Laws of the Prairies
The laws incorporated during the Métis buffalo hunt formed The Laws of the Prairies and each captain received a copy of these laws. Whenever an important matter arose, it was solved by mutual agreement of the whole camp. The authority of the captains and soldiers was in effect only during that particular hunt.
Each member of the family had an important role to play. The role of the wives during the hunt was as significant as that of their husbands, the hunters. After the hunt, the wives and children were responsible for butchering the buffalo. The hide was stretched, dried and then softened until it was in the form of a strong, heavy material similar to leather. Once prepared, the hides were used for clothing, moccasins, tents and bags used for storage, etc. The meat was cut up for easy transport. Most of the buffalo meat was made into pemmican and dry meat.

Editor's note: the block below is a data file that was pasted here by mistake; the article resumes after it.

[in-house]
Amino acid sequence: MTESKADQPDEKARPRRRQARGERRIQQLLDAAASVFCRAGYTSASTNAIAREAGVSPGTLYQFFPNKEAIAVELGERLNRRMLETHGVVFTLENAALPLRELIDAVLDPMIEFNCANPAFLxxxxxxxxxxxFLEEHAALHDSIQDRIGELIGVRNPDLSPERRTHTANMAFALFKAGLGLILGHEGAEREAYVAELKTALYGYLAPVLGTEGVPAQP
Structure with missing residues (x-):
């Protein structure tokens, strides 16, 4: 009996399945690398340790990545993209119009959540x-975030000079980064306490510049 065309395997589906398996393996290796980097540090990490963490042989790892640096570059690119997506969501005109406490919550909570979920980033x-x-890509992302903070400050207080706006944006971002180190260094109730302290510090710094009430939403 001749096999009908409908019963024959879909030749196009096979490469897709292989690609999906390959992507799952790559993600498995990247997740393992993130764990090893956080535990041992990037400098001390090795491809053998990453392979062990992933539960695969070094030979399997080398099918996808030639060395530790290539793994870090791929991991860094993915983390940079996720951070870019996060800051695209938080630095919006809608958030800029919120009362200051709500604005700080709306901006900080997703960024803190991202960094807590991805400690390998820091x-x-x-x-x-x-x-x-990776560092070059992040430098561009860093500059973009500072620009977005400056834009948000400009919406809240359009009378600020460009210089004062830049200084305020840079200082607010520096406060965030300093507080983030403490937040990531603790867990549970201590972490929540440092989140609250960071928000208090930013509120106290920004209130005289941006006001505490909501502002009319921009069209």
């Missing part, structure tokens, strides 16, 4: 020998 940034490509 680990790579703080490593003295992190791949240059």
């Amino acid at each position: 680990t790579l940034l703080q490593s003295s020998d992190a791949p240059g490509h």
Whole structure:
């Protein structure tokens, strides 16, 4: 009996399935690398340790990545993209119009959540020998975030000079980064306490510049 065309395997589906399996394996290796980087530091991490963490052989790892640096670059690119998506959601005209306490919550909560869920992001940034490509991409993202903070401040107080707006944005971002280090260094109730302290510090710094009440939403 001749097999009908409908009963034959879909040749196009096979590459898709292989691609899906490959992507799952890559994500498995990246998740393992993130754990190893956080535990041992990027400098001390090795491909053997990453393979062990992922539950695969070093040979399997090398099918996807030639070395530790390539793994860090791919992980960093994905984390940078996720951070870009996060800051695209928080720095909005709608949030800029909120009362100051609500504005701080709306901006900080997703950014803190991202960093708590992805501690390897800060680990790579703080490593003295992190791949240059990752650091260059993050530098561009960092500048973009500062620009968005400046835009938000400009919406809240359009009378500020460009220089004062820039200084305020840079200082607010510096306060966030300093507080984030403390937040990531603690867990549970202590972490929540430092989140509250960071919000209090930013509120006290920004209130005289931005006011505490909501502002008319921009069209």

Young Métis women learned at a very early age how to clean and tan hides, prepare meat for winter storage, how to make snowshoes and baskets. The elderly women also taught how to cook and make clothing for the family.
Buffalo meat fed Métis families, white colonists and fur traders. The Métis did a brisk business in supplying first the North West Company and after 1821 the Hudson's Bay Company with dried buffalo meat and pemmican.
Back to the Facts Page